In the spirit of “How did this name end up looking like a strange combination of two unrelated words?”, I hereby present the surname Ghostlaw. Speaking of spirits, this word recalls the legislation of the dead, but did it originally mean what it looks like it means?
Typing words, place names, and surnames into search engines can often yield fascinating stories and sources for a word’s etymology, as it does for the previously discussed Braintree. Google’s results on Ghostlaw, though, come up pretty barren. Not until page 3 of search results on “surname ghostlaw” did I yield anything helpful.
Back in 2004, Amy Layton posted on the ancestry.com forums, looking for information on the Ghostlaw surname. She stated that she had been unable to trace this branch of her family tree further back than the Ghostlaw generation because she had been told that they had changed their name from something else. What could it be?
While no one directly answered her specific question, respondent Stephanie Beaver posted with information about her grandfather, Charles James Ghostlaw. She noted that both his and his father’s last names were listed as Gosselin on his baptismal certificate. She thus confirmed what I suspected, viz., that Ghostlaw never started off as “ghost + law,” but, rather, some surname that was changed to some vague homophone.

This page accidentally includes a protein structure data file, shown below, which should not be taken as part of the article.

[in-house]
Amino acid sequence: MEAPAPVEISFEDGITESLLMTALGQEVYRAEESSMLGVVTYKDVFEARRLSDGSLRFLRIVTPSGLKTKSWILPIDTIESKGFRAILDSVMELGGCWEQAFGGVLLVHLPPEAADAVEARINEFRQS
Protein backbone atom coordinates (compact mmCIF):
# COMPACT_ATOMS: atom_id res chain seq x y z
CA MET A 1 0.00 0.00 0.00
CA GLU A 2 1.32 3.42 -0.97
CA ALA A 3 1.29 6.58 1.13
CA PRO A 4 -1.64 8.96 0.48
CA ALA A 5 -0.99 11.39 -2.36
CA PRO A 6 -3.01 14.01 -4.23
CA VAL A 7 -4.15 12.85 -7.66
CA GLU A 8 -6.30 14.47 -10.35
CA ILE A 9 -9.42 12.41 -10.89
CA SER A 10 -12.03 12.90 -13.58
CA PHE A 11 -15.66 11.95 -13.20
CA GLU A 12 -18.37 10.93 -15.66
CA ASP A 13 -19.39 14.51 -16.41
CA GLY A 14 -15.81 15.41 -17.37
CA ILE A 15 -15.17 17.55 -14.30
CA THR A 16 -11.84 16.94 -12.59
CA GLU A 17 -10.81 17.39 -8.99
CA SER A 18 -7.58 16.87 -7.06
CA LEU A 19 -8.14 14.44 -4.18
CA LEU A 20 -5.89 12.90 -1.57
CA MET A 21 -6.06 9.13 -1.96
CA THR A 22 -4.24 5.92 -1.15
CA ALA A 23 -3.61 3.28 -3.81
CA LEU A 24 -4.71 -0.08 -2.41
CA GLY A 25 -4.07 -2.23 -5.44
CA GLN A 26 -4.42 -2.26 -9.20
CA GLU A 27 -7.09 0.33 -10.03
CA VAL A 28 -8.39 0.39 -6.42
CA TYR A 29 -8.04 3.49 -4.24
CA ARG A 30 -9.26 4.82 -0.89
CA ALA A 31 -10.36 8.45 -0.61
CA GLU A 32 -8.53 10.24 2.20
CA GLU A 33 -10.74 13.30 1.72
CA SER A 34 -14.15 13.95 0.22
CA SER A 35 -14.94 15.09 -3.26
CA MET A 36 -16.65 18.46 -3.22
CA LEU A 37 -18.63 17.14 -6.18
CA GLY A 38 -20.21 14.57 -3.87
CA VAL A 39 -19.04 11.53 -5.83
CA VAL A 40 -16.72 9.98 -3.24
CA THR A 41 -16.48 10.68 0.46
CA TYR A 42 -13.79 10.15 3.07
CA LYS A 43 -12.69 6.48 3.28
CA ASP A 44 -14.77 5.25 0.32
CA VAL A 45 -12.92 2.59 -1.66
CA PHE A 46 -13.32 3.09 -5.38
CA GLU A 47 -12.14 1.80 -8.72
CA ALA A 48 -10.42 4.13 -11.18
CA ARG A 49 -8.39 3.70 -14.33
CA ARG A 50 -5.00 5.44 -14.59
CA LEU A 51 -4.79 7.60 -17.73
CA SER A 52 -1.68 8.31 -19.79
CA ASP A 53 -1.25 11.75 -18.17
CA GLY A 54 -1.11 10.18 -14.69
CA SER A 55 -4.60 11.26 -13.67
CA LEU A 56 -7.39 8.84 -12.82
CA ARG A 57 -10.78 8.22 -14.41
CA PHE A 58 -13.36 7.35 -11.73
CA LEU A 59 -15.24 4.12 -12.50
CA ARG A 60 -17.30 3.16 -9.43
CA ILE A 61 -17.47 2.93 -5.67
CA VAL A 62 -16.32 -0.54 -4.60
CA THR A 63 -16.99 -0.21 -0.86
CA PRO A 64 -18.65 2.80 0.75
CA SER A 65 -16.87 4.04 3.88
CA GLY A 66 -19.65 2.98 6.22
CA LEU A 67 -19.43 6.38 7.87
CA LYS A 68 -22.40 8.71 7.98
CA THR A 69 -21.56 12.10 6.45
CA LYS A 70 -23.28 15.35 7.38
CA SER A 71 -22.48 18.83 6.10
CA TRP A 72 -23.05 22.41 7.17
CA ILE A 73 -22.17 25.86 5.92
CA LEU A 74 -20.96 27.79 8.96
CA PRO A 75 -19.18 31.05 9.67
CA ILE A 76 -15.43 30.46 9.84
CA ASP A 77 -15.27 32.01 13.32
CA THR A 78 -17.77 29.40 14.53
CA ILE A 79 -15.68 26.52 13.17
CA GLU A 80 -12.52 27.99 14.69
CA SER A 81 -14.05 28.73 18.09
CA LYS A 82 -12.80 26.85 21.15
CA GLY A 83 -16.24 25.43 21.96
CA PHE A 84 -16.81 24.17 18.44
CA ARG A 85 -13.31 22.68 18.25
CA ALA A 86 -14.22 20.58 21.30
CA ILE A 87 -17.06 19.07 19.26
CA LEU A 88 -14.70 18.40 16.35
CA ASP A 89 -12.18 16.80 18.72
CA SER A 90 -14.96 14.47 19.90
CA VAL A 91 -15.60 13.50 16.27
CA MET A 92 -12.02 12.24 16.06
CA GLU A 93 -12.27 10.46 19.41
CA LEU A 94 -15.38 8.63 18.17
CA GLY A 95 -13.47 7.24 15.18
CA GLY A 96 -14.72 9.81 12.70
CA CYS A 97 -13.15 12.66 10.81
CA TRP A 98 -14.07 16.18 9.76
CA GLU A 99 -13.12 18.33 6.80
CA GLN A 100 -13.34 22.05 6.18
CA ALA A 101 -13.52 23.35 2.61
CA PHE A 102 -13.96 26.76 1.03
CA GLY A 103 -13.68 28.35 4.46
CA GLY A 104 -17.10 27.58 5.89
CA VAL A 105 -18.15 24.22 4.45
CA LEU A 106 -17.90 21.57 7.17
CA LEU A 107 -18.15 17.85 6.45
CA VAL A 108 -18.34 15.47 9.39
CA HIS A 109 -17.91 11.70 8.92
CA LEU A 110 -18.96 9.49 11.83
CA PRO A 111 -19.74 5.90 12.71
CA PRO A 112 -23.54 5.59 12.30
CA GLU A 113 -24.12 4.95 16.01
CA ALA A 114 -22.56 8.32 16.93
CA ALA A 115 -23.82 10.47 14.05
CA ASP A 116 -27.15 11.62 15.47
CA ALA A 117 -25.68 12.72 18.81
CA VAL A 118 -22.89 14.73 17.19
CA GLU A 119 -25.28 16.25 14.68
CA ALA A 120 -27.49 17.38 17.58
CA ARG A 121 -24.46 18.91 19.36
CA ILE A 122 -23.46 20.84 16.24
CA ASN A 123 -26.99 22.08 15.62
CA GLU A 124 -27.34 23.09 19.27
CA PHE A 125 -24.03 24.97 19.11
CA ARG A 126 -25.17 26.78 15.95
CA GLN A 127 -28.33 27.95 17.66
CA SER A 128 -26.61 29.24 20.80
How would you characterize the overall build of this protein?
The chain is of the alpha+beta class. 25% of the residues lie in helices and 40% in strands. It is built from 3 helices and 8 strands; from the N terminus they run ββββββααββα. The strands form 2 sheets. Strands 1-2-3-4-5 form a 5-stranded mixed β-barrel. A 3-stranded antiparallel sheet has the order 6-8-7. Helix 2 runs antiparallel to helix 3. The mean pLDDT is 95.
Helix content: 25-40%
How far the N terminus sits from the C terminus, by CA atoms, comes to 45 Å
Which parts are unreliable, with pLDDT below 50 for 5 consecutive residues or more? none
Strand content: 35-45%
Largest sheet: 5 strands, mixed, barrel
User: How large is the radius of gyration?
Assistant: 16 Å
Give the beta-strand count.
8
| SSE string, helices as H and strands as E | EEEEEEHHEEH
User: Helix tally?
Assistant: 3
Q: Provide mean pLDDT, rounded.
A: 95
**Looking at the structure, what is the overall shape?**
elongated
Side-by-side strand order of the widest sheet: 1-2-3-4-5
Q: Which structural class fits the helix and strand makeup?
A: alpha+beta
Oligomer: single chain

I like to think, in my unusual imagination, that the Ghostlaws and Braintrees are connected. Maybe the disembodied brains, fruiting from the braintrees, imagine counterfactual legal doctrine known as ghostlaws?